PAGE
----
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Remembering Sherman Starr, Brandeis benefactor and Rose Art Museum patron, for his generosity, dedication to Jewish causes

Sherman Starr stands in front of artwork at podium

Sherman H. Starr, of Weston, Massachusetts, a longtime supporter of Brandeis for whom a student curator program at Rose Art Museum is named, passed away April 22. He was 94.

Mr. Starr was the benefactor of the Sherman H. Starr Family Student Curatorship at the Rose Art Museum, one of the nation’s premier museums dedicated to modern and contemporary art. The landscaped Starr Plaza in the heart of campus also was created through his philanthropy and bears his family’s name.

“Sherman Starr was very devoted to Brandeis because of his regard for the university’s Jewish identity and its commitment to learning, critical thinking, and the ideal of making the world a better place through one’s actions,” said Brandeis President Ron Liebowitz.

“His support for the Rose Art Museum and its internship program has enabled Brandeis students to immerse themselves fully in the world-class art museum just outside their doors,” President Liebowitz said. “His legacy at Brandeis is an enduring one, for which we are most grateful.”

Mr. Starr and his family have been part of the Brandeis community since the university was founded. His parents, Max and Doris Starr, were early Brandeis supporters. Mr. Starr began giving to Brandeis in 1963 and was appointed to the President’s Council in 1975 in recognition of his ongoing support for the university. His wife, Ellie ’57, attended Brandeis.

At the Rose Art Museum, Starr Family Curatorial Internships are awarded to outstanding juniors or seniors at Brandeis interested in exploring museum careers.

"The Starr name has become synonymous with an exceptional student experience in the arts at Brandeis and at the Rose,” said Caitlin Rubin, assistant curator at the museum, who works closely with the Starr interns.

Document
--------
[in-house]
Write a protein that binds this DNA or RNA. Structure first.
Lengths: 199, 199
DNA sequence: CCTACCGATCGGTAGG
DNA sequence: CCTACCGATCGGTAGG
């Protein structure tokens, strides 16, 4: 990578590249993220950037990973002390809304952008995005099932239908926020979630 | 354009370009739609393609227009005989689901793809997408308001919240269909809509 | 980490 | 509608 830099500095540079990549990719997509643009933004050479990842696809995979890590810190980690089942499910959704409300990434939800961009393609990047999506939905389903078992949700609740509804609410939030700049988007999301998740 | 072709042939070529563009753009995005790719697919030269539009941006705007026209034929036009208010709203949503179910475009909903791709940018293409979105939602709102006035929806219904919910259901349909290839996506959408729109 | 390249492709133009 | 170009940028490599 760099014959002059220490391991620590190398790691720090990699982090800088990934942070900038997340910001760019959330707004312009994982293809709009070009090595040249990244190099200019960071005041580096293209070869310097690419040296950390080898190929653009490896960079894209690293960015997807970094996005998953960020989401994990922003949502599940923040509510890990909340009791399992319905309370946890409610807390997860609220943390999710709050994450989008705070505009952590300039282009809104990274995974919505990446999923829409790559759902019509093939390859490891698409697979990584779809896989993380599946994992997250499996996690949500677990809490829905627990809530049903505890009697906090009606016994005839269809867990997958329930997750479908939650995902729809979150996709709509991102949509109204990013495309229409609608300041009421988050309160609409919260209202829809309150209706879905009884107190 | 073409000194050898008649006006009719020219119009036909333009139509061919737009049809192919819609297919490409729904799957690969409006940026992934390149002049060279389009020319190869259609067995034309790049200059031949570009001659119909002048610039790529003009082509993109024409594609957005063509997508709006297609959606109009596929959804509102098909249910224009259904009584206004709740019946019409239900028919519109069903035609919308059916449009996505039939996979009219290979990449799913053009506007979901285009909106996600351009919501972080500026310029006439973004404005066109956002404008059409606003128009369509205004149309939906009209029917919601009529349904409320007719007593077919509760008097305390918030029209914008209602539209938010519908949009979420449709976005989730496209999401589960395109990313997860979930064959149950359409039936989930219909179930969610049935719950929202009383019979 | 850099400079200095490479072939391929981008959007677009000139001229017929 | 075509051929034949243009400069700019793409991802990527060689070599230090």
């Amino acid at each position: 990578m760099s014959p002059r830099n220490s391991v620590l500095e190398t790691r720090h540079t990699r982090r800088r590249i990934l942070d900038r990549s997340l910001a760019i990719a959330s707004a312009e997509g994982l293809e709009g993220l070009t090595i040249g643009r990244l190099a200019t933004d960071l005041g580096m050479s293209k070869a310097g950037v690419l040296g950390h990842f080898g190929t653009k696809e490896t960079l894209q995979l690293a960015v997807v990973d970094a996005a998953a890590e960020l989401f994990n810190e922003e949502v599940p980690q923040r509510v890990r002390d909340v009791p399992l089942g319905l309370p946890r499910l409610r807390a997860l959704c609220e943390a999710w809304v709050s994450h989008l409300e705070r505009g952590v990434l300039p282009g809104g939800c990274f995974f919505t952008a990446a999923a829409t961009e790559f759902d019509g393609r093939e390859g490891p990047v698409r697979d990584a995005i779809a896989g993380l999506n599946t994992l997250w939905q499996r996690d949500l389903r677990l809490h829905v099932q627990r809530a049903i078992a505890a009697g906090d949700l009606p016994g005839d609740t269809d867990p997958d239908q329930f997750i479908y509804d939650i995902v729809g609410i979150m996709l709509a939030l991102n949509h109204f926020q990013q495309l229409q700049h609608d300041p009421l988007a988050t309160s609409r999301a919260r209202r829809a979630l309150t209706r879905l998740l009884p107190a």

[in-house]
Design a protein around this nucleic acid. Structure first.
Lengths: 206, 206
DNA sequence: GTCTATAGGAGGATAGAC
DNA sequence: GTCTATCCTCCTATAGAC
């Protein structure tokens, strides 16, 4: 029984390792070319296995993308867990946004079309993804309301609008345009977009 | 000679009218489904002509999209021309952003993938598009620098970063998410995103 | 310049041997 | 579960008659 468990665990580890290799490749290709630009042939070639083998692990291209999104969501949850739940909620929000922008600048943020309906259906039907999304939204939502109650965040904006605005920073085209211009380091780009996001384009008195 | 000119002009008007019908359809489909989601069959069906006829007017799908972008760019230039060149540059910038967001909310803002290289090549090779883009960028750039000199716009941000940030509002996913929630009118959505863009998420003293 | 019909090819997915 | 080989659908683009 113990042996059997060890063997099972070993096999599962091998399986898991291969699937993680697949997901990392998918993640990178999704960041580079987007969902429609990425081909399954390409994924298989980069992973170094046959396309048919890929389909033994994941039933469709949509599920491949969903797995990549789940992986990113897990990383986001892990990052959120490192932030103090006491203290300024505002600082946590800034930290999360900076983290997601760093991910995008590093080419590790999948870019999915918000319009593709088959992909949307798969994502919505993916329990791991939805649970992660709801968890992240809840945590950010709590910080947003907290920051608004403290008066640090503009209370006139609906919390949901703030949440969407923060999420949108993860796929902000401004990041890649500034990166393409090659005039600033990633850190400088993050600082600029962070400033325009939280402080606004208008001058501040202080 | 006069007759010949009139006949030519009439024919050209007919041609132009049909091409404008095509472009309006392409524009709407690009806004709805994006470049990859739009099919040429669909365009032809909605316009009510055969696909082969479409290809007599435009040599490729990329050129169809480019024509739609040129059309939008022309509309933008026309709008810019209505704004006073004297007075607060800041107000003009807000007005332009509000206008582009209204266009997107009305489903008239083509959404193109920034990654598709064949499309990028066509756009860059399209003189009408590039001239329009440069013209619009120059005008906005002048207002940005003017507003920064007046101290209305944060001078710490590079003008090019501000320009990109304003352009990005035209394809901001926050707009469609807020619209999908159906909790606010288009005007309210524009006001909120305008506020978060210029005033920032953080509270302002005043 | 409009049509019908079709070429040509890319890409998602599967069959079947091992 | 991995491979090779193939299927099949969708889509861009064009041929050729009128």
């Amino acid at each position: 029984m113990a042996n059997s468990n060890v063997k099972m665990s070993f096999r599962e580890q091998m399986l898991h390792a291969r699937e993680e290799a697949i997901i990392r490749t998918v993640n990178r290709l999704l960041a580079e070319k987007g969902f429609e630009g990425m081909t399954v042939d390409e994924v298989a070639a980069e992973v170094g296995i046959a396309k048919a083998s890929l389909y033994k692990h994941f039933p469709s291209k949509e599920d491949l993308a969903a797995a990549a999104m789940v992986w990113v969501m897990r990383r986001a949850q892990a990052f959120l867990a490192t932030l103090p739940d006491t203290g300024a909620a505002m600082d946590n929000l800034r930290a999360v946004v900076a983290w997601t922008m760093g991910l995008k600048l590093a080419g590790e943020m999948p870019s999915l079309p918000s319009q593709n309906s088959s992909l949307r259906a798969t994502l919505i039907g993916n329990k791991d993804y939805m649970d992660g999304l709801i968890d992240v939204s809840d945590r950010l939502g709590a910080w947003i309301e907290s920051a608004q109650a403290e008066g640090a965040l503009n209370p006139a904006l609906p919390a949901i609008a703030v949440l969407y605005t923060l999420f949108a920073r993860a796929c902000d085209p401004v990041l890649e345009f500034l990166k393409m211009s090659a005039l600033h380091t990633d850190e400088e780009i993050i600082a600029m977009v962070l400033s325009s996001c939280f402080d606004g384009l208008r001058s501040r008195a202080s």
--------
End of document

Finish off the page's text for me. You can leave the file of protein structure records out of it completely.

Mr. Starr served for many years as managing director of the accounting firm Starr, Finer, Starr, LLP, which had been founded by his father, Max. He was a past chairman of the Massachusetts Board of Public Accountancy.

He had a long and distinguished history of community service and philanthropy, serving as president of Combined Jewish Philanthropies, director of the American Jewish Committee, and co-chair of the United Jewish Annual Appeal.

In addition to the Rose Art Museum, Mr. Starr supported numerous other charities, including Combined Jewish Philanthropies, Tuft University School of Medicine, Jewish Family Service of Metrowest, American Jewish Committee and the National Brain Tumor Society.

“Sherman’s love of the Jewish community led him to leadership positions in dozens of local and overseas Jewish organizations,” said longtime friend and colleague Barry Shrage, professor of the practice in the Hornstein Jewish Professional Leadership Program and member of the faculty at the Cohen Center for Modern Jewish Studies at Brandeis.

“He deeply understood the importance of Brandeis as a resource for American Jewish organizational life and had a special place in his heart for the Rose Art Museum,” Shrage said.

“The last visit he and I had together before the virus closed things down was to the Rose. Sherman was animated and excited by what he saw, and enjoyed hearing about Brandeis' direction to remain a leader in Jewish studies and our commitment to service to the American Jewish community.”

Mr. Starr, raised in Brookline, graduated in 1946 from Harvard College after serving with distinction as a sergeant in France and Belgium in the Second World War. He pursued graduate studies in business and accounting at Harvard Business School and Boston University. 

A founding member of Temple Isaiah in Lexington, he was a longtime member of Temple Beth Elohim in Wellesley. Mr. Starr played golf, enjoyed lobster nights with family and friends, and celebrated many happy occasions at Belmont Country Club. A devoted Boston sports fan, he especially enjoyed watching the Red Sox, Patriots and Harvard football and hockey games.

In addition to his wife, his survivors include son Sandy and wife Raine Figueroa of Cambridge; son Tony and wife Kathy of Newton; daughter Julie Starr-Duker and husband Jay Duker of Newton; daughter Enid “Dinny” Starr and husband Alan Gordon of Newton; 14 grandchildren; and five great-grandchildren.

Date: May 18, 2020